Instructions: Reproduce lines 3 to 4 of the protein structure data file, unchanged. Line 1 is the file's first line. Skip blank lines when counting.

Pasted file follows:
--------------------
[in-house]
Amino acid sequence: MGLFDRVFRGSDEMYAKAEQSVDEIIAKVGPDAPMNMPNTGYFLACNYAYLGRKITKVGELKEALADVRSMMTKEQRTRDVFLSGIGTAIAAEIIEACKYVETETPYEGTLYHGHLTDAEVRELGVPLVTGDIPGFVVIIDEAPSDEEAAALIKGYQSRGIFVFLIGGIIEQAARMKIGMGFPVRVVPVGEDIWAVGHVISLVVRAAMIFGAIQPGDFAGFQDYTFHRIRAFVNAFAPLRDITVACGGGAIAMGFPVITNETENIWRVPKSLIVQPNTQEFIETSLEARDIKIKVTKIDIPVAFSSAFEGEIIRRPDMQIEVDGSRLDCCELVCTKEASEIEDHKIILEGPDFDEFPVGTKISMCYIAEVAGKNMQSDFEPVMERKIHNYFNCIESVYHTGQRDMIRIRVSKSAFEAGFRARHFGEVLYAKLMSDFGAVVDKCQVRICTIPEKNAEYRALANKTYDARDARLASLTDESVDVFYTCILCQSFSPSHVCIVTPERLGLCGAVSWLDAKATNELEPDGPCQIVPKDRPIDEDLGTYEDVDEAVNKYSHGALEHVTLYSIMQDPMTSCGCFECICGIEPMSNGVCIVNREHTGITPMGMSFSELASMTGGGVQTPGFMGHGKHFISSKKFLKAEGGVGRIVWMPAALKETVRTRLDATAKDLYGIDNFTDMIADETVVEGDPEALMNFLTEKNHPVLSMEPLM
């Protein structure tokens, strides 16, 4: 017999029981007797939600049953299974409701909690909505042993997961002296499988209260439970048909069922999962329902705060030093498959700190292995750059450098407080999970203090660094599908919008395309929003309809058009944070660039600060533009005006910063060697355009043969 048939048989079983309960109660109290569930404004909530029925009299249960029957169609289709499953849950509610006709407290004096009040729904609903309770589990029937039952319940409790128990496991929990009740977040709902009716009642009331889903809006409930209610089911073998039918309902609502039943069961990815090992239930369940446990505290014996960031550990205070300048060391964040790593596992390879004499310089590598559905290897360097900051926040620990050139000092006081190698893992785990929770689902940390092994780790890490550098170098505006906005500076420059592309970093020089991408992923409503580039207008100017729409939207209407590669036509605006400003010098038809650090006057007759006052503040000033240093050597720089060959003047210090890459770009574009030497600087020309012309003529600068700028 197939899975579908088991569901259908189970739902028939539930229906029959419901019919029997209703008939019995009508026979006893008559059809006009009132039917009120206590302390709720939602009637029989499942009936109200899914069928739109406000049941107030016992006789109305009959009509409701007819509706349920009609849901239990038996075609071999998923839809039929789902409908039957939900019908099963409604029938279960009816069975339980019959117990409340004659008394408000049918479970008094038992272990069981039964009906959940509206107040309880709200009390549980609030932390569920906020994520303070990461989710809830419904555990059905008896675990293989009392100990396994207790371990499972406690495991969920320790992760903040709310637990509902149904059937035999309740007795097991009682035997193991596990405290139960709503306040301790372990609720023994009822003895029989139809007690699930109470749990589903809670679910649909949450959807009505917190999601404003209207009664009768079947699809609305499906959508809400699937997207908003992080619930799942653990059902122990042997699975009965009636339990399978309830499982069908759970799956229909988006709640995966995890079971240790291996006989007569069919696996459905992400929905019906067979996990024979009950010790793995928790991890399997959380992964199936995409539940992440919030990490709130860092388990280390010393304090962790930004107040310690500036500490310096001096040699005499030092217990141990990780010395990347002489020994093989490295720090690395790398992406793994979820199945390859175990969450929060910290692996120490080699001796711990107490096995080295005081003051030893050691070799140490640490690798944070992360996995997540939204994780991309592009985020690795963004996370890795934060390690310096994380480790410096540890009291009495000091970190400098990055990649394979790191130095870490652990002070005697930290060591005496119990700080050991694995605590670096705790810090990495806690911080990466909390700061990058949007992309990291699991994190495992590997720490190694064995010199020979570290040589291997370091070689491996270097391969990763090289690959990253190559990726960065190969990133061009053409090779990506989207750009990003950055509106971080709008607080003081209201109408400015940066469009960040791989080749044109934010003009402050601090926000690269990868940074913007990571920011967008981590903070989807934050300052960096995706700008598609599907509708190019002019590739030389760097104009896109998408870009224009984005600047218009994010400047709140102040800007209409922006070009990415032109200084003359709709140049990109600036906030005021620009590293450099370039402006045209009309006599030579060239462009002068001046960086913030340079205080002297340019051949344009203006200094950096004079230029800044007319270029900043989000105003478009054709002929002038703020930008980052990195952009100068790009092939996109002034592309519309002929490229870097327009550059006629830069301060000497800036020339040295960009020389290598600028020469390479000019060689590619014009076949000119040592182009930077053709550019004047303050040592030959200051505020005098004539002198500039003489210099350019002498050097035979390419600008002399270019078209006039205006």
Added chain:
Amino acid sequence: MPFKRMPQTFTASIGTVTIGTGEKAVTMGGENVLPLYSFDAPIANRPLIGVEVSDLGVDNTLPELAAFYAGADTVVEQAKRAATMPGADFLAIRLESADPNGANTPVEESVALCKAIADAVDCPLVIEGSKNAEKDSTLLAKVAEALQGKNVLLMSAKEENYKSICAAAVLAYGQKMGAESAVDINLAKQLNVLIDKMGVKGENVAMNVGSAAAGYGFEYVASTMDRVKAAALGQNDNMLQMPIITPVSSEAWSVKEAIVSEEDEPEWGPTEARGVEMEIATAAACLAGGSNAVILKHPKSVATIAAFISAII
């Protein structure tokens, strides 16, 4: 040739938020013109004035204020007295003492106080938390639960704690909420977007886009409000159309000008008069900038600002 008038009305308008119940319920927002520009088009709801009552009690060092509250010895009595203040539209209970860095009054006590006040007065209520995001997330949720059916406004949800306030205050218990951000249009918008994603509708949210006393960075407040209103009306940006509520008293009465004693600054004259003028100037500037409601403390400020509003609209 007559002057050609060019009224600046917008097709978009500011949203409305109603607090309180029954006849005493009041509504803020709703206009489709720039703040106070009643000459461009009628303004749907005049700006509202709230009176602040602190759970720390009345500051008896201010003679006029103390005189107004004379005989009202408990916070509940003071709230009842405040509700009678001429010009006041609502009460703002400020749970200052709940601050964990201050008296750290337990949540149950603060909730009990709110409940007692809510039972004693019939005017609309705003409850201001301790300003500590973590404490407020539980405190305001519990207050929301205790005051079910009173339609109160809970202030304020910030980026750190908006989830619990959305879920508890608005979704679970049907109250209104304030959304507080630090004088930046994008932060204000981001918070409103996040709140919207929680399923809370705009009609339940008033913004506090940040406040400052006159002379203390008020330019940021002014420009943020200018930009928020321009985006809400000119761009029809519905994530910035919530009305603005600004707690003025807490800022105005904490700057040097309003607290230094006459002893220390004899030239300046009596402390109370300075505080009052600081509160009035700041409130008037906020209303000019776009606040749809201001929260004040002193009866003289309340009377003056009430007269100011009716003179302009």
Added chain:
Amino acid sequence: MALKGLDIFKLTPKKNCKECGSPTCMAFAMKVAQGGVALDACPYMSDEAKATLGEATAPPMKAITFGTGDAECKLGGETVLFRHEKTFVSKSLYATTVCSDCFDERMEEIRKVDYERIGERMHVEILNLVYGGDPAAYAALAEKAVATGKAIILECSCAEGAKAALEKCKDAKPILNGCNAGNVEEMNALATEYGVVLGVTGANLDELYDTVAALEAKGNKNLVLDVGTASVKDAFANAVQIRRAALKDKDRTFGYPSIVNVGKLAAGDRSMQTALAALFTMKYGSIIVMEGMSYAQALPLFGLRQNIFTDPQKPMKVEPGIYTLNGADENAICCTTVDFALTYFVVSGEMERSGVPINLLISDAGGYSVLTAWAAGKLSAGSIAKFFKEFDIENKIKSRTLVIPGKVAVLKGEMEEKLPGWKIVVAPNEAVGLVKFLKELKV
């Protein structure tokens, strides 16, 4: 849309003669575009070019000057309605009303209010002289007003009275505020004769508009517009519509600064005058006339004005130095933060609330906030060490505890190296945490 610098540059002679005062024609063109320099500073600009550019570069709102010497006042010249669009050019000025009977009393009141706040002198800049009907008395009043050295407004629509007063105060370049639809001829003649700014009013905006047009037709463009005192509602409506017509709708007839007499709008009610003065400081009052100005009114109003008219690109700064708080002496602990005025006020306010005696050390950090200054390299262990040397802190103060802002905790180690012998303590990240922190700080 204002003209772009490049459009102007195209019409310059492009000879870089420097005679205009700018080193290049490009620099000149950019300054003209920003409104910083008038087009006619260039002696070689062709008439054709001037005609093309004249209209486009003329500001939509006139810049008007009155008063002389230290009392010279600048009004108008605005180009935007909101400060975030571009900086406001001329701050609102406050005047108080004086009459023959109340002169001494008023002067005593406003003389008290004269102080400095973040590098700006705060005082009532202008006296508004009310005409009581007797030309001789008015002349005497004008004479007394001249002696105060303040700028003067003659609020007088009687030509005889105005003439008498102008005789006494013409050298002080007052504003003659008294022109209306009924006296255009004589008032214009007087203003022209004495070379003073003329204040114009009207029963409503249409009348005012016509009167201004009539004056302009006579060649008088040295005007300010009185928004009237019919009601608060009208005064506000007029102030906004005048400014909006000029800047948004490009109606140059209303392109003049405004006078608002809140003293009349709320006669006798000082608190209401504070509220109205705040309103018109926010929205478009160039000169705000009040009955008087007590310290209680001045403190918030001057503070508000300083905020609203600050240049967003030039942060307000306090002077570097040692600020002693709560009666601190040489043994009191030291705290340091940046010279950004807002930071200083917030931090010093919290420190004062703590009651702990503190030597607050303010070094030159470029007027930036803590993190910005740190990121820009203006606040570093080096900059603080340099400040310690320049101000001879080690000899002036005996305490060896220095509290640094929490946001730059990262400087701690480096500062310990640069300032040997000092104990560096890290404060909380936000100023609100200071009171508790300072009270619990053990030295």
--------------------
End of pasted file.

């Protein structure tokens, strides 16, 4: 017999029981007797939600049953299974409701909690909505042993997961002296499988209260439970048909069922999962329902705060030093498959700190292995750059450098407080999970203090660094599908919008395309929003309809058009944070660039600060533009005006910063060697355009043969 048939048989079983309960109660109290569930404004909530029925009299249960029957169609289709499953849950509610006709407290004096009040729904609903309770589990029937039952319940409790128990496991929990009740977040709902009716009642009331889903809006409930209610089911073998039918309902609502039943069961990815090992239930369940446990505290014996960031550990205070300048060391964040790593596992390879004499310089590598559905290897360097900051926040620990050139000092006081190698893992785990929770689902940390092994780790890490550098170098505006906005500076420059592309970093020089991408992923409503580039207008100017729409939207209407590669036509605006400003010098038809650090006057007759006052503040000033240093050597720089060959003047210090890459770009574009030497600087020309012309003529600068700028 197939899975579908088991569901259908189970739902028939539930229906029959419901019919029997209703008939019995009508026979006893008559059809006009009132039917009120206590302390709720939602009637029989499942009936109200899914069928739109406000049941107030016992006789109305009959009509409701007819509706349920009609849901239990038996075609071999998923839809039929789902409908039957939900019908099963409604029938279960009816069975339980019959117990409340004659008394408000049918479970008094038992272990069981039964009906959940509206107040309880709200009390549980609030932390569920906020994520303070990461989710809830419904555990059905008896675990293989009392100990396994207790371990499972406690495991969920320790992760903040709310637990509902149904059937035999309740007795097991009682035997193991596990405290139960709503306040301790372990609720023994009822003895029989139809007690699930109470749990589903809670679910649909949450959807009505917190999601404003209207009664009768079947699809609305499906959508809400699937997207908003992080619930799942653990059902122990042997699975009965009636339990399978309830499982069908759970799956229909988006709640995966995890079971240790291996006989007569069919696996459905992400929905019906067979996990024979009950010790793995928790991890399997959380992964199936995409539940992440919030990490709130860092388990280390010393304090962790930004107040310690500036500490310096001096040699005499030092217990141990990780010395990347002489020994093989490295720090690395790398992406793994979820199945390859175990969450929060910290692996120490080699001796711990107490096995080295005081003051030893050691070799140490640490690798944070992360996995997540939204994780991309592009985020690795963004996370890795934060390690310096994380480790410096540890009291009495000091970190400098990055990649394979790191130095870490652990002070005697930290060591005496119990700080050991694995605590670096705790810090990495806690911080990466909390700061990058949007992309990291699991994190495992590997720490190694064995010199020979570290040589291997370091070689491996270097391969990763090289690959990253190559990726960065190969990133061009053409090779990506989207750009990003950055509106971080709008607080003081209201109408400015940066469009960040791989080749044109934010003009402050601090926000690269990868940074913007990571920011967008981590903070989807934050300052960096995706700008598609599907509708190019002019590739030389760097104009896109998408870009224009984005600047218009994010400047709140102040800007209409922006070009990415032109200084003359709709140049990109600036906030005021620009590293450099370039402006045209009309006599030579060239462009002068001046960086913030340079205080002297340019051949344009203006200094950096004079230029800044007319270029900043989000105003478009054709002929002038703020930008980052990195952009100068790009092939996109002034592309519309002929490229870097327009550059006629830069301060000497800036020339040295960009020389290598600028020469390479000019060689590619014009076949000119040592182009930077053709550019004047303050040592030959200051505020005098004539002198500039003489210099350019002498050097035979390419600008002399270019078209006039205006």
Added chain: